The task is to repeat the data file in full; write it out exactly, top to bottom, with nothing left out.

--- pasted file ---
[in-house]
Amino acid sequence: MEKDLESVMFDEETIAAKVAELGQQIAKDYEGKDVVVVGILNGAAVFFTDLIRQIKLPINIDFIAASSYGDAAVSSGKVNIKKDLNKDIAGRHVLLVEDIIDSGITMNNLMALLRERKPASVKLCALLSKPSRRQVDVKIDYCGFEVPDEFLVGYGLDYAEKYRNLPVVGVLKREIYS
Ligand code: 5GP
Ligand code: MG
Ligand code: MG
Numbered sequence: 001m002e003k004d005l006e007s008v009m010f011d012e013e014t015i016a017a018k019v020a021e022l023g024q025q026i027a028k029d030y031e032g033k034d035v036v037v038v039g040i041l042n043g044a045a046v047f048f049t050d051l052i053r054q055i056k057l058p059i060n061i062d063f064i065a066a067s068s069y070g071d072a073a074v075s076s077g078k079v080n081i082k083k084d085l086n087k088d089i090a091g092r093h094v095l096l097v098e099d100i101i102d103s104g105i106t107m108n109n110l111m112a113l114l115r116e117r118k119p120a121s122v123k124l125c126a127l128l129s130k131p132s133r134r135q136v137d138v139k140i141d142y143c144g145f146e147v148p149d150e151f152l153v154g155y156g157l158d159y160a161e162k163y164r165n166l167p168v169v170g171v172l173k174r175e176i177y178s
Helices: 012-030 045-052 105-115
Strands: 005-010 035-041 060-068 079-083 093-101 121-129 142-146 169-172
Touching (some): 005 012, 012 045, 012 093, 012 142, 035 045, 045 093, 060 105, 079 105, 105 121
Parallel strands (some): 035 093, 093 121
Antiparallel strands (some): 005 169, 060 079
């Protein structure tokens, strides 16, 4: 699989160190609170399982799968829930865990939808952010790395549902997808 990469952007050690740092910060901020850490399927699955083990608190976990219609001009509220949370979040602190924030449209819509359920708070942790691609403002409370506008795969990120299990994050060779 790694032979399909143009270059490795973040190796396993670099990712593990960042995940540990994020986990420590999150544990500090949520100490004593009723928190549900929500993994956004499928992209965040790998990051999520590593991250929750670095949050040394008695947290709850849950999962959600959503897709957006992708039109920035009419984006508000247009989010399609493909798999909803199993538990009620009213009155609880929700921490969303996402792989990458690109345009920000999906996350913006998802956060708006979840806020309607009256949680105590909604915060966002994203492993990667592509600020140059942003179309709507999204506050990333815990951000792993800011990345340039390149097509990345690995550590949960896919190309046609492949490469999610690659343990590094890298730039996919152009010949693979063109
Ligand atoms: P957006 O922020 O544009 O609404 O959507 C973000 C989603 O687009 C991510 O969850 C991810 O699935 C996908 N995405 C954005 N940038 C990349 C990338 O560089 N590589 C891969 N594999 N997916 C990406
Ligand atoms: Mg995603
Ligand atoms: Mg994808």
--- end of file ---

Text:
[in-house]
Amino acid sequence: MEKDLESVMFDEETIAAKVAELGQQIAKDYEGKDVVVVGILNGAAVFFTDLIRQIKLPINIDFIAASSYGDAAVSSGKVNIKKDLNKDIAGRHVLLVEDIIDSGITMNNLMALLRERKPASVKLCALLSKPSRRQVDVKIDYCGFEVPDEFLVGYGLDYAEKYRNLPVVGVLKREIYS
Ligand code: 5GP
Ligand code: MG
Ligand code: MG
Numbered sequence: 001m002e003k004d005l006e007s008v009m010f011d012e013e014t015i016a017a018k019v020a021e022l023g024q025q026i027a028k029d030y031e032g033k034d035v036v037v038v039g040i041l042n043g044a045a046v047f048f049t050d051l052i053r054q055i056k057l058p059i060n061i062d063f064i065a066a067s068s069y070g071d072a073a074v075s076s077g078k079v080n081i082k083k084d085l086n087k088d089i090a091g092r093h094v095l096l097v098e099d100i101i102d103s104g105i106t107m108n109n110l111m112a113l114l115r116e117r118k119p120a121s122v123k124l125c126a127l128l129s130k131p132s133r134r135q136v137d138v139k140i141d142y143c144g145f146e147v148p149d150e151f152l153v154g155y156g157l158d159y160a161e162k163y164r165n166l167p168v169v170g171v172l173k174r175e176i177y178s
Helices: 012-030 045-052 105-115
Strands: 005-010 035-041 060-068 079-083 093-101 121-129 142-146 169-172
Touching (some): 005 012, 012 045, 012 093, 012 142, 035 045, 045 093, 060 105, 079 105, 105 121
Parallel strands (some): 035 093, 093 121
Antiparallel strands (some): 005 169, 060 079
């Protein structure tokens, strides 16, 4: 699989160190609170399982799968829930865990939808952010790395549902997808 990469952007050690740092910060901020850490399927699955083990608190976990219609001009509220949370979040602190924030449209819509359920708070942790691609403002409370506008795969990120299990994050060779 790694032979399909143009270059490795973040190796396993670099990712593990960042995940540990994020986990420590999150544990500090949520100490004593009723928190549900929500993994956004499928992209965040790998990051999520590593991250929750670095949050040394008695947290709850849950999962959600959503897709957006992708039109920035009419984006508000247009989010399609493909798999909803199993538990009620009213009155609880929700921490969303996402792989990458690109345009920000999906996350913006998802956060708006979840806020309607009256949680105590909604915060966002994203492993990667592509600020140059942003179309709507999204506050990333815990951000792993800011990345340039390149097509990345690995550590949960896919190309046609492949490469999610690659343990590094890298730039996919152009010949693979063109
Ligand atoms: P957006 O922020 O544009 O609404 O959507 C973000 C989603 O687009 C991510 O969850 C991810 O699935 C996908 N995405 C954005 N940038 C990349 C990338 O560089 N590589 C891969 N594999 N997916 C990406
Ligand atoms: Mg995603
Ligand atoms: Mg994808």